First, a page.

During the period, USD 5.5 billion was disbursed by development partners to several ongoing projects/ programs.
Out of that total amount, USD 4.7 billion was for 317 projects/ programs implemented by the government along with 36 bilateral and multilateral development partners. While the rest of USD 0.8 billion was disbursed through NGOs and state actors of humanitarian activities like National Disaster Risk Management Commission.
Disbursements, which channeled through the government, were 4.4 percent of the GDP. The report explained that the increase in disbursement during the fiscal year was mainly due to the disbursements made to the development policy reform financing from the World Bank (WB), France and, Germany, as well as due to the disbursements for COVID-19 policy responses made from International Monetary Fund and WB.
Out of the total development assistance channeled through the government (USD 4.7 billion), USD 2.6 billion or 52 percent was channeled through the government treasury. Out of the total development assistance channeled through treasury (USD 2.6 billion), USD 1.4 billion was direct budgetary support for the second Development Policy Financing and COVID-19 policy response from multilateral and bilateral partners mentioned above. The remaining USD 1.2 million was for 13 channel one programs.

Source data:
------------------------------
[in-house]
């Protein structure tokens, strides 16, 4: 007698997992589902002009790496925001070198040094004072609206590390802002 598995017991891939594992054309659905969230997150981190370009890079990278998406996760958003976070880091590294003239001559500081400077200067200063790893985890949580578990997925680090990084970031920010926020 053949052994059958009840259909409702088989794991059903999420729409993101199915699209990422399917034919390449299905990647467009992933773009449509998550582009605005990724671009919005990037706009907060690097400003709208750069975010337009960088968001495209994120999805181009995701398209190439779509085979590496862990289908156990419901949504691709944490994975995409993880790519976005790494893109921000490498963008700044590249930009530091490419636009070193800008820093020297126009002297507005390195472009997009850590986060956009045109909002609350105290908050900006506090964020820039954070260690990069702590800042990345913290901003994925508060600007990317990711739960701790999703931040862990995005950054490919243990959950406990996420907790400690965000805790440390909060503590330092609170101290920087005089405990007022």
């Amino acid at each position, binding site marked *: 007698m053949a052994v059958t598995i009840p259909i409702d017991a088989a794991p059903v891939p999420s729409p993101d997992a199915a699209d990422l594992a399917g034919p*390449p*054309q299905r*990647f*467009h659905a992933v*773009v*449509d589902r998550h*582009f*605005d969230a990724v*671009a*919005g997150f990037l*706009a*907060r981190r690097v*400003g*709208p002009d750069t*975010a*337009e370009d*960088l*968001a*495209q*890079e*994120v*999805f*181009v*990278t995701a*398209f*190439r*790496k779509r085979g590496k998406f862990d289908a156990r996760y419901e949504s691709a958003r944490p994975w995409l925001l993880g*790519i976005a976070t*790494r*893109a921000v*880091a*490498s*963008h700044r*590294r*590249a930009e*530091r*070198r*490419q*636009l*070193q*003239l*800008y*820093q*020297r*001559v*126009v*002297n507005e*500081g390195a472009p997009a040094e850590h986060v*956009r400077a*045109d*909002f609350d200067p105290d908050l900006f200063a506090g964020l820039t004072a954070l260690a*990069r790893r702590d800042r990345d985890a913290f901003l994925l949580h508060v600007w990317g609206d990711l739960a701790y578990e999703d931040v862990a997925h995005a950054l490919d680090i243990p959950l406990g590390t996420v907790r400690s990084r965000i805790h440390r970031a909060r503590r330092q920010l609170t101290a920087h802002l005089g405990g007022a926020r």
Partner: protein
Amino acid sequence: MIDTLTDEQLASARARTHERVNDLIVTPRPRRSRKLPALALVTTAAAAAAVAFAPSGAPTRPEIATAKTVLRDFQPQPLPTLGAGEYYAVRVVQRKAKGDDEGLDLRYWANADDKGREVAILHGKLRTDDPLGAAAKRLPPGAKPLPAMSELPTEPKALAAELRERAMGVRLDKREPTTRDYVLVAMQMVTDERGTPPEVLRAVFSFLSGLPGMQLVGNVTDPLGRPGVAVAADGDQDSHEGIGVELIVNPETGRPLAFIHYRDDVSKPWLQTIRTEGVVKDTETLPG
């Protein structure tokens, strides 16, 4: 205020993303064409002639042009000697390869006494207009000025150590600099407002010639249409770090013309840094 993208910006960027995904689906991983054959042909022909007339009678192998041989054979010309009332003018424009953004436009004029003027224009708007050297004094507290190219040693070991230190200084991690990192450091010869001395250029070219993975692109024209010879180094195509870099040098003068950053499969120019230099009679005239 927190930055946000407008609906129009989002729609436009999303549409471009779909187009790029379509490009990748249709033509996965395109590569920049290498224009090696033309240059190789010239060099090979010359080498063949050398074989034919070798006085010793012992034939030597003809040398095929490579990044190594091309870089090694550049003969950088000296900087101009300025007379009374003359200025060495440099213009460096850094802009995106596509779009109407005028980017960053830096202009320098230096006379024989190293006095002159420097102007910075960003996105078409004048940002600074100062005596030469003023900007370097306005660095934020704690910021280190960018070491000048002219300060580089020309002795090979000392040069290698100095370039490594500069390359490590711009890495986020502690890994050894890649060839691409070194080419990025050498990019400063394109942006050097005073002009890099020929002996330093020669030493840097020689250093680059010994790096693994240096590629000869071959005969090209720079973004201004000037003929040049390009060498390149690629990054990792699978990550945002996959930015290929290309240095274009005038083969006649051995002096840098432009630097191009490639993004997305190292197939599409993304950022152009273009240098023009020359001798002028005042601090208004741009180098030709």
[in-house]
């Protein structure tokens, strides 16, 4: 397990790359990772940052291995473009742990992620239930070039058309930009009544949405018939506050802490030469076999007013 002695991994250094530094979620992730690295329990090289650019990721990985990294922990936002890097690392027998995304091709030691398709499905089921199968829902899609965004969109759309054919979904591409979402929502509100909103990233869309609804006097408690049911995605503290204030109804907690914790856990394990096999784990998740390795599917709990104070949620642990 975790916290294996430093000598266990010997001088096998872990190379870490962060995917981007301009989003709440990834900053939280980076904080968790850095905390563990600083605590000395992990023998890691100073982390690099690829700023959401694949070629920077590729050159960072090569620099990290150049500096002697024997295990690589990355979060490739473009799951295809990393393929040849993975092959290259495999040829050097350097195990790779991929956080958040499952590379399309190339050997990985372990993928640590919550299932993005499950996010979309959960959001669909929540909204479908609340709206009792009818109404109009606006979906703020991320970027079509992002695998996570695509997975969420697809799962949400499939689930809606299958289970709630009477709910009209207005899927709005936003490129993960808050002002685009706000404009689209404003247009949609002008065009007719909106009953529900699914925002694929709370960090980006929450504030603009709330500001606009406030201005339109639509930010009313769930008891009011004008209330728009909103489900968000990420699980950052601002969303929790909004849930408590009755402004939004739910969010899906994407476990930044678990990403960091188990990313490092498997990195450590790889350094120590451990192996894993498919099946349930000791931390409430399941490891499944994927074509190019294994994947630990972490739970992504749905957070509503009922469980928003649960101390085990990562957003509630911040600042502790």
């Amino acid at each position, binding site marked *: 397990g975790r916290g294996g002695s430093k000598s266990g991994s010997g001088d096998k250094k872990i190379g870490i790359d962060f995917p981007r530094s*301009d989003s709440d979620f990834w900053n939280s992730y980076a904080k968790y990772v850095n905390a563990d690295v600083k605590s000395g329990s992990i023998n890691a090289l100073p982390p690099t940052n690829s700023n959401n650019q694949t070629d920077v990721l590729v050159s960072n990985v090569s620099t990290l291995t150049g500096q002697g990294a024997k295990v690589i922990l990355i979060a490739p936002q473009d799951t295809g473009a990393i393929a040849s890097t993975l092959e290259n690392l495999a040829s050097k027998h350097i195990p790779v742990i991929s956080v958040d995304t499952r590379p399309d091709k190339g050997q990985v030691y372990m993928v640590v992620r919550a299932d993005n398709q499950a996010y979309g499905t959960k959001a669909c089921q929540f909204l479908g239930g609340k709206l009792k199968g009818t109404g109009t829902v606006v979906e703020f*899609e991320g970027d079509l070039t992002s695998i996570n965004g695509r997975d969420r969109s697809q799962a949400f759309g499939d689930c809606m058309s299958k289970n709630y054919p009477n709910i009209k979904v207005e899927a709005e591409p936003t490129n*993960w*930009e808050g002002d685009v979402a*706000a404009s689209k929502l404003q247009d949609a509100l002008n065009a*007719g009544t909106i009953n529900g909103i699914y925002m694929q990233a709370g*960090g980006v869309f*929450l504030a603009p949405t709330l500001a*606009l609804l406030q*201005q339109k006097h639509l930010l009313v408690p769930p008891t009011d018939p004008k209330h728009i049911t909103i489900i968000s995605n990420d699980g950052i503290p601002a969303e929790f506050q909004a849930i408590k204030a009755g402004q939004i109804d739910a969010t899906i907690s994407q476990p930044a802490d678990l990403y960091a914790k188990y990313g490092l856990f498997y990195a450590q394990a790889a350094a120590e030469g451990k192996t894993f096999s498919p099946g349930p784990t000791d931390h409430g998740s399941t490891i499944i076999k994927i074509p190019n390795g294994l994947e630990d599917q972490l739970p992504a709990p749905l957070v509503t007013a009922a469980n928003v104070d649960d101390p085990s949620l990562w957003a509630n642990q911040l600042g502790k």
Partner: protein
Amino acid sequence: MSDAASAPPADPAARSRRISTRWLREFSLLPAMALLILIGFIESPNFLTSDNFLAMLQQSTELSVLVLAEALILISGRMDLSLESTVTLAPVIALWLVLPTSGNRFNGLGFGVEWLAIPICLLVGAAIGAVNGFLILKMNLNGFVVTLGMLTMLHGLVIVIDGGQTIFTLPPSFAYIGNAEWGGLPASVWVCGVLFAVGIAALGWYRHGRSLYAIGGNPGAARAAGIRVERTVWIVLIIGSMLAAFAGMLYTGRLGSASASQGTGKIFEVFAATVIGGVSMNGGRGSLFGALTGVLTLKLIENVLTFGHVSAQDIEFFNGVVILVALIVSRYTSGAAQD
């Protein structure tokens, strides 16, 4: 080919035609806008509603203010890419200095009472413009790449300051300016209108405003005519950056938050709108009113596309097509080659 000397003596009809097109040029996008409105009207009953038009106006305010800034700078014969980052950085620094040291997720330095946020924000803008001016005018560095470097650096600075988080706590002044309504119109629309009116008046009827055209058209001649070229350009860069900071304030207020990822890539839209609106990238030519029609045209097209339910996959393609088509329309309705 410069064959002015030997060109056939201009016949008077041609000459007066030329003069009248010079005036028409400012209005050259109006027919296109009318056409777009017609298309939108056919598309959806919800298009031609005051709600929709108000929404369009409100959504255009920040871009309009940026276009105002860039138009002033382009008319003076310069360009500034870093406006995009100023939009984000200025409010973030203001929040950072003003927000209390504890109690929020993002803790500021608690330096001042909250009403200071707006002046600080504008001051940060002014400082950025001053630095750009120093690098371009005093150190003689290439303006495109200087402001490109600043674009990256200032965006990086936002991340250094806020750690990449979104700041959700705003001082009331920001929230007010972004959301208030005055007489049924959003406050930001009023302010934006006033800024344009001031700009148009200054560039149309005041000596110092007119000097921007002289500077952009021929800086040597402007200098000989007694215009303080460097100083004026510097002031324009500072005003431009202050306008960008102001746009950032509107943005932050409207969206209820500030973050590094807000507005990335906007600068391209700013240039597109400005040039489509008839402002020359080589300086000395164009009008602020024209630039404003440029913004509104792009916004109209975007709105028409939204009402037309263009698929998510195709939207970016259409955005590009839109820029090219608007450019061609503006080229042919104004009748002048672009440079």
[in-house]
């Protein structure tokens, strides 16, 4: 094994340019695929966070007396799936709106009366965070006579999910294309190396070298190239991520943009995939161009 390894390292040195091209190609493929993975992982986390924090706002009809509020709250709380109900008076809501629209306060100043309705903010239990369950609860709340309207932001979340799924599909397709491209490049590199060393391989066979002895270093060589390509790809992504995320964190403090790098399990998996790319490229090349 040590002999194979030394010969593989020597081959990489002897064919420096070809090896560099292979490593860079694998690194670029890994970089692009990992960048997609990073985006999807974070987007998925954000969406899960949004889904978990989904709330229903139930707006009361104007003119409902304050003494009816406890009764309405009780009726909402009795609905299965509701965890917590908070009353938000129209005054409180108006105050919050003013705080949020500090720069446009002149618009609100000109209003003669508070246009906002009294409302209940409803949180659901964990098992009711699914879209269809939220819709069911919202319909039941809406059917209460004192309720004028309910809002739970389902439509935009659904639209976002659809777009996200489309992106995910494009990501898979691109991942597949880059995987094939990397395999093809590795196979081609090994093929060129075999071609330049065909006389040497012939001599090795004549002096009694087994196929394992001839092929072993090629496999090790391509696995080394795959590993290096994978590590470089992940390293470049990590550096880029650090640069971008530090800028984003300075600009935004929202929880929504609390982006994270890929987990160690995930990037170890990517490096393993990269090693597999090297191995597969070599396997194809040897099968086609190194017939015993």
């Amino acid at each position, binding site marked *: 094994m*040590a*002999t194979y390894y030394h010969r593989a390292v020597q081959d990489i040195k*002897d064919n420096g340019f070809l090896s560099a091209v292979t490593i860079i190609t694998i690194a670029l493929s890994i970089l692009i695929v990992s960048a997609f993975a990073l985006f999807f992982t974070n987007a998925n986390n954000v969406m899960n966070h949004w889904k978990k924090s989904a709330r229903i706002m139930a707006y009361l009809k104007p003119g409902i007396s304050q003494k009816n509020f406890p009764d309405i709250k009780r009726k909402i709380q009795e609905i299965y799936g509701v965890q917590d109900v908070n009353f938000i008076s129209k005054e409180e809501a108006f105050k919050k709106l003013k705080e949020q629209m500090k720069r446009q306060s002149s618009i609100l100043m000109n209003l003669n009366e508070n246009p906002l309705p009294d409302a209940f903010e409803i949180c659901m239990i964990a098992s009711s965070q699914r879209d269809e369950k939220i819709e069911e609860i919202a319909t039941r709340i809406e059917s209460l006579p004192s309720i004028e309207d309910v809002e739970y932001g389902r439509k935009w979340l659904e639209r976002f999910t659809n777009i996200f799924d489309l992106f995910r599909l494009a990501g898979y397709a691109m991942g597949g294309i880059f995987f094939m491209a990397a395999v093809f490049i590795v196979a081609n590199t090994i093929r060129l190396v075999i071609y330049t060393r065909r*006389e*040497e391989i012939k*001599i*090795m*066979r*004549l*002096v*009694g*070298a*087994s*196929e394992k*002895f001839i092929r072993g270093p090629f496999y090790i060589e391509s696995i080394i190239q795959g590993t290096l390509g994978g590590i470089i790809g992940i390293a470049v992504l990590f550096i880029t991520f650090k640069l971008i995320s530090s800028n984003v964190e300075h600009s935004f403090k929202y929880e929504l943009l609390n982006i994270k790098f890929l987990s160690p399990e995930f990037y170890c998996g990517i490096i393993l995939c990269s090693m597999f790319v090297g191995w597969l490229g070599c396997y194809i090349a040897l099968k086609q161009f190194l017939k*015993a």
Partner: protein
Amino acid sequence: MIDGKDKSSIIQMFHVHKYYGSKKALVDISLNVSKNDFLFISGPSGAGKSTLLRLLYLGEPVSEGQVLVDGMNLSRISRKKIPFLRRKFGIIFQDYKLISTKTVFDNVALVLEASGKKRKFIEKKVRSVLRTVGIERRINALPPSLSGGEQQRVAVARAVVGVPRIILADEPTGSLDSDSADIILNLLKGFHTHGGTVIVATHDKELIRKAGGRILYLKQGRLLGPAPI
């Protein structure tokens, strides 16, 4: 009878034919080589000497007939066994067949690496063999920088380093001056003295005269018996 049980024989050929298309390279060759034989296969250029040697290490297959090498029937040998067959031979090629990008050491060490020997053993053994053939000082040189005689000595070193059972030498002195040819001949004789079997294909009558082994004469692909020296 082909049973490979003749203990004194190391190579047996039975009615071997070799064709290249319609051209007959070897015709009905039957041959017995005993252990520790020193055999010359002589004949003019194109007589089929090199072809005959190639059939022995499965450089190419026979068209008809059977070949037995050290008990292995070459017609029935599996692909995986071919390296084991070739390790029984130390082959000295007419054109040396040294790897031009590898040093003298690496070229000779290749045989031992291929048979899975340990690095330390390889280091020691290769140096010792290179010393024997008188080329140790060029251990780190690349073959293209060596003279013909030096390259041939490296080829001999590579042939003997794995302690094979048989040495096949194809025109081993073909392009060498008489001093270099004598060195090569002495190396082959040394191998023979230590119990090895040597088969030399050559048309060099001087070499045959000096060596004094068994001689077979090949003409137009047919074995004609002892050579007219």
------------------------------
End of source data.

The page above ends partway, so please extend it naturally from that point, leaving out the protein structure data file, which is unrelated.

Multilateral and Bilateral development partners disbursed a total of USD 3.5 billion (74 percent) and USD 1.3 billion (26 percent) for the implementation of 167 and 216 programs/projects respectively.
It said that bilateral development partners’ disbursement has increased by 20% when compared to that of the previous year. This is mainly due to an increase in disbursement for Chinese programs/projects, which were held back due to Ethiopia’s debt burden. And also due to new disbursements from France and Germany for policy reform financing.
International Financial Institutions (IFIs) disbursement similarly shows an increase of 22 percent when compared to 2018/19 fiscal year, while UN agencies and EU contributes 4.4 percent and 2.4 percent respectively.